This is either a bad lapse of journalistic standards, or an outrageous piece of politics: this article reports that Alan Johnson views Muslim veils as a threat to the "safety and security" of teachers, but omits to provide a single example of how the garment might potentially be unsafe or dangerous. Is Mr Johnson perhaps worried about the danger of sparks flying from nylon-based veils? I think we should be told.
Elsewhere a completely different story is being told. Dr Tag Hargey explained that "When you conceal the face, that actually not only
dehumanises the person involved, but also creates a chasm, a gap, a
bridge of non-understanding between communities and I think the sooner
we can get rid of this veil, this face veiling, this face masking in
Muslim societies across Britain, so much the better." Suddenly we are talking about a different policy all together.
Why such policies are introduced is surely as crucial as whether they are introduced. The French have their argument and Jack Straw had his (which I was inclined to agree with). But without so much as an anecdote in defence of his argument, Johnson simply ends up looking paranoid in the extreme, and making this government appear even more obsessed with its Panoptical power to watch without being watched.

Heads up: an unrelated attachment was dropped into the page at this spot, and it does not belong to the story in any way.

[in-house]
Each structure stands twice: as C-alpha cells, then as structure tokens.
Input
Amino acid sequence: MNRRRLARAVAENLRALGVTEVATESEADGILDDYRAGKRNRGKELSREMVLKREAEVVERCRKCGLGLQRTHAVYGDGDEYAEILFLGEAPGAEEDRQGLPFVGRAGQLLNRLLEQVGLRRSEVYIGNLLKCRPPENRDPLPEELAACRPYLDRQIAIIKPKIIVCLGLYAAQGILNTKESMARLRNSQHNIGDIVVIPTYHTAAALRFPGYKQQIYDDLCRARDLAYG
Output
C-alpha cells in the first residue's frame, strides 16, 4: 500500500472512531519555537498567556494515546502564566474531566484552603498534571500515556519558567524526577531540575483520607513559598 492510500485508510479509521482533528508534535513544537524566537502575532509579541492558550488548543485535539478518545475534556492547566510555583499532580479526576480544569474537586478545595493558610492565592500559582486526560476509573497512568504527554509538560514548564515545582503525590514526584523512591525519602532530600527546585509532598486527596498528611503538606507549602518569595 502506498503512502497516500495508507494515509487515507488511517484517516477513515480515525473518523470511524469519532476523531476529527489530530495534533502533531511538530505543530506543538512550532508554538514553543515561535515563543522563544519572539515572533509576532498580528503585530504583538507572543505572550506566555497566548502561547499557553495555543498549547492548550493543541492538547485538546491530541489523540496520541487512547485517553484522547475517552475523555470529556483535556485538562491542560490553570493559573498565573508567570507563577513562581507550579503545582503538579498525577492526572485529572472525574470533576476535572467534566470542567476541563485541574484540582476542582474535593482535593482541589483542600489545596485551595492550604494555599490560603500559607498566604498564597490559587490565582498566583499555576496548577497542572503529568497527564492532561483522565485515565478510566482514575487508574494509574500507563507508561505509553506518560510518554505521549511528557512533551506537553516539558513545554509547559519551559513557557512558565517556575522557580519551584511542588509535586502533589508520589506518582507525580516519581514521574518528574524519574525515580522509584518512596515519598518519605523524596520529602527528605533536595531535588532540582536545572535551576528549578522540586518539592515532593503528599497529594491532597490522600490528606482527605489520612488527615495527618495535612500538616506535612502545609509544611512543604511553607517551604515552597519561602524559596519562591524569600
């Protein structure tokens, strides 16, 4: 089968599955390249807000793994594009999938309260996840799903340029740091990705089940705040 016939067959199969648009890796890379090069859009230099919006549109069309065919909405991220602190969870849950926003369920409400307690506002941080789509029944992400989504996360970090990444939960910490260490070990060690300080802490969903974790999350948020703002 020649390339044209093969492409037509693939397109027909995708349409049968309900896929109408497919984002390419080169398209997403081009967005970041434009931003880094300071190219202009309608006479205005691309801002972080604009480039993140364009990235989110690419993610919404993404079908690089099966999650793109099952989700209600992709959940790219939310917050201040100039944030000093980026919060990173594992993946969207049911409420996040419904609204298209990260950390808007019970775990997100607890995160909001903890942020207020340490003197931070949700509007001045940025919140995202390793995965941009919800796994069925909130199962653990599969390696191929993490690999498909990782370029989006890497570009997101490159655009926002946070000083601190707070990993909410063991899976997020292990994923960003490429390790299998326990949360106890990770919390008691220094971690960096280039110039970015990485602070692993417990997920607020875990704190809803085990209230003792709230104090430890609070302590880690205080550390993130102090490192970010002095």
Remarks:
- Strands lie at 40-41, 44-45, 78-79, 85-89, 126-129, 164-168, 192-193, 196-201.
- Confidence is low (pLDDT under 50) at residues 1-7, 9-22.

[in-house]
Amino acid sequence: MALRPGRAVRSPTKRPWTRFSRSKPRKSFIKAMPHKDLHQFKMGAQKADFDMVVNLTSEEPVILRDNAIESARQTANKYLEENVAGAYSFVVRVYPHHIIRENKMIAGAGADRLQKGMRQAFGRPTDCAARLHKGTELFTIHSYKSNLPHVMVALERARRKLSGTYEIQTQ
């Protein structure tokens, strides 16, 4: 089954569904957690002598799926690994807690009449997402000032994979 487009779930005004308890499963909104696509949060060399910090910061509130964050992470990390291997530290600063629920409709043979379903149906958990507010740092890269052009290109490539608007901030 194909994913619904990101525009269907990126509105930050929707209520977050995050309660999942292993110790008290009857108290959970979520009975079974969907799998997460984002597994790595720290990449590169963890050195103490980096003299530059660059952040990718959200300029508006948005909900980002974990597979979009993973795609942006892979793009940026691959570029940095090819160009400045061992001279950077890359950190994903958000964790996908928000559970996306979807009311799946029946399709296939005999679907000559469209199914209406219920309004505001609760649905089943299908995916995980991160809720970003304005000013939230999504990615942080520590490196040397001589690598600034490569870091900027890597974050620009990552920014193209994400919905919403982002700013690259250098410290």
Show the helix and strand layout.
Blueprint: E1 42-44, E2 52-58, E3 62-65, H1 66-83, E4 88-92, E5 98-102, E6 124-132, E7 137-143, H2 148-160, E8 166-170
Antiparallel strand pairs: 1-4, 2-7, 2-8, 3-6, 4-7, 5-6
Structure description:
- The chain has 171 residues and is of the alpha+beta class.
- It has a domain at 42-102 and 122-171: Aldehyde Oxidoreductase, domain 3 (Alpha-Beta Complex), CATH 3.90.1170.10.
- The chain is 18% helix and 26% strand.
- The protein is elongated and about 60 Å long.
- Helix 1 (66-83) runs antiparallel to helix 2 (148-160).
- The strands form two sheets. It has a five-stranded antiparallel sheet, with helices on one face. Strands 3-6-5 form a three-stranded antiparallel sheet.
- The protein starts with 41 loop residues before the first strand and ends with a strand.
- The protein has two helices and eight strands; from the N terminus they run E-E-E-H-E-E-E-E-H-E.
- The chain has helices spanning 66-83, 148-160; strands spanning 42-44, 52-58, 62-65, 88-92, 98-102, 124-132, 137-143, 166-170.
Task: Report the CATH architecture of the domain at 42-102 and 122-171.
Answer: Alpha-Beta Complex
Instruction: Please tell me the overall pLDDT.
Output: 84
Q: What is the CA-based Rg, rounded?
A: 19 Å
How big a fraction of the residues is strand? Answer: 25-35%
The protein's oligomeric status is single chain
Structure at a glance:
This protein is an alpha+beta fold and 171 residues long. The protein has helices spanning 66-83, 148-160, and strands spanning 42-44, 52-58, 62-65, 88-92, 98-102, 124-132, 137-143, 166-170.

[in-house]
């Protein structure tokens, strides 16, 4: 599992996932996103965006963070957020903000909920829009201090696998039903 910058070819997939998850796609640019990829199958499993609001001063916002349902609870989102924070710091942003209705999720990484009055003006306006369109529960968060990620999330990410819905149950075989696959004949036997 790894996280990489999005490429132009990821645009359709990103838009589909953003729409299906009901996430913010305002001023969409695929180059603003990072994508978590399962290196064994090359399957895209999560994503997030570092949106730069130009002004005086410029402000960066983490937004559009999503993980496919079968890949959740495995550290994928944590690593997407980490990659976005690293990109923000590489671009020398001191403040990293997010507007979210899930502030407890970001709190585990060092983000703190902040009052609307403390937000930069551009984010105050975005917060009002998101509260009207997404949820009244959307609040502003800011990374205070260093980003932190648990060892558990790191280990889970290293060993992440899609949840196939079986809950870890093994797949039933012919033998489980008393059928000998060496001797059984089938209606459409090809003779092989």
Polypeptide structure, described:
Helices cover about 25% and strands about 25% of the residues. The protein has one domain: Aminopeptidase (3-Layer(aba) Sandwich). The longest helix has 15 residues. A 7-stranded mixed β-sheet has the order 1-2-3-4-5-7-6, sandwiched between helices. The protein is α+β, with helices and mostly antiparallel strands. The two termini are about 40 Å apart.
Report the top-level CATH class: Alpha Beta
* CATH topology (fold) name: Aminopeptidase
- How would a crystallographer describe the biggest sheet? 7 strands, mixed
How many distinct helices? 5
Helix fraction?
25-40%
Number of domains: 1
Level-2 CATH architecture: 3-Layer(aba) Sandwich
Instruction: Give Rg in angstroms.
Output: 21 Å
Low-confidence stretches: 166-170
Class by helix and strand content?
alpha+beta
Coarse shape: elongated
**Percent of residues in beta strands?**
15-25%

Lets be clear. Protection of 'safety' involves minimisation of certain known risks. Protection of 'security' involves defence against certain known attackers. In what sense does a veil undermine either? This isn't a rhetorical question; Johnson ought to be able to answer it if he's to use this language.